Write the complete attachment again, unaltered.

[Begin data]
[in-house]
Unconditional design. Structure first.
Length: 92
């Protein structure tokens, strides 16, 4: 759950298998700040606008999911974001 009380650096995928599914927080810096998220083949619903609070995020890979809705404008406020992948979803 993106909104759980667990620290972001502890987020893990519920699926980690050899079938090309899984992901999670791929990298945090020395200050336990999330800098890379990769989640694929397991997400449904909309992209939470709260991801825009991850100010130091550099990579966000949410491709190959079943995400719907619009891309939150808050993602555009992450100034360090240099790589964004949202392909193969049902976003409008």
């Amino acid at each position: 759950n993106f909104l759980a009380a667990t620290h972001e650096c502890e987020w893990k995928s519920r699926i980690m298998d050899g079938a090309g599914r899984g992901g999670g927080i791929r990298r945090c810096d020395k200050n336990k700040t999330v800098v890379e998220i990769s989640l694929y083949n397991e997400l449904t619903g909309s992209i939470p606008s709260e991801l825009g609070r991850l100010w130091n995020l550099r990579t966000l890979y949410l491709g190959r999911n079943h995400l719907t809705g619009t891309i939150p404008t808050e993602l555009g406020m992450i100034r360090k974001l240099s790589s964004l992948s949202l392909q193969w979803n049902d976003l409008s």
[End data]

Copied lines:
[in-house]
Unconditional design. Structure first.
Length: 92
């Protein structure tokens, strides 16, 4: 759950298998700040606008999911974001 009380650096995928599914927080810096998220083949619903609070995020890979809705404008406020992948979803 993106909104759980667990620290972001502890987020893990519920699926980690050899079938090309899984992901999670791929990298945090020395200050336990999330800098890379990769989640694929397991997400449904909309992209939470709260991801825009991850100010130091550099990579966000949410491709190959079943995400719907619009891309939150808050993602555009992450100034360090240099790589964004949202392909193969049902976003409008």
């Amino acid at each position: 759950n993106f909104l759980a009380a667990t620290h972001e650096c502890e987020w893990k995928s519920r699926i980690m298998d050899g079938a090309g599914r899984g992901g999670g927080i791929r990298r945090c810096d020395k200050n336990k700040t999330v800098v890379e998220i990769s989640l694929y083949n397991e997400l449904t619903g909309s992209i939470p606008s709260e991801l825009g609070r991850l100010w130091n995020l550099r990579t966000l890979y949410l491709g190959r999911n079943h995400l719907t809705g619009t891309i939150p404008t808050e993602l555009g406020m992450i100034r360090k974001l240099s790589s964004l992948s949202l392909q193969w979803n049902d976003l409008s």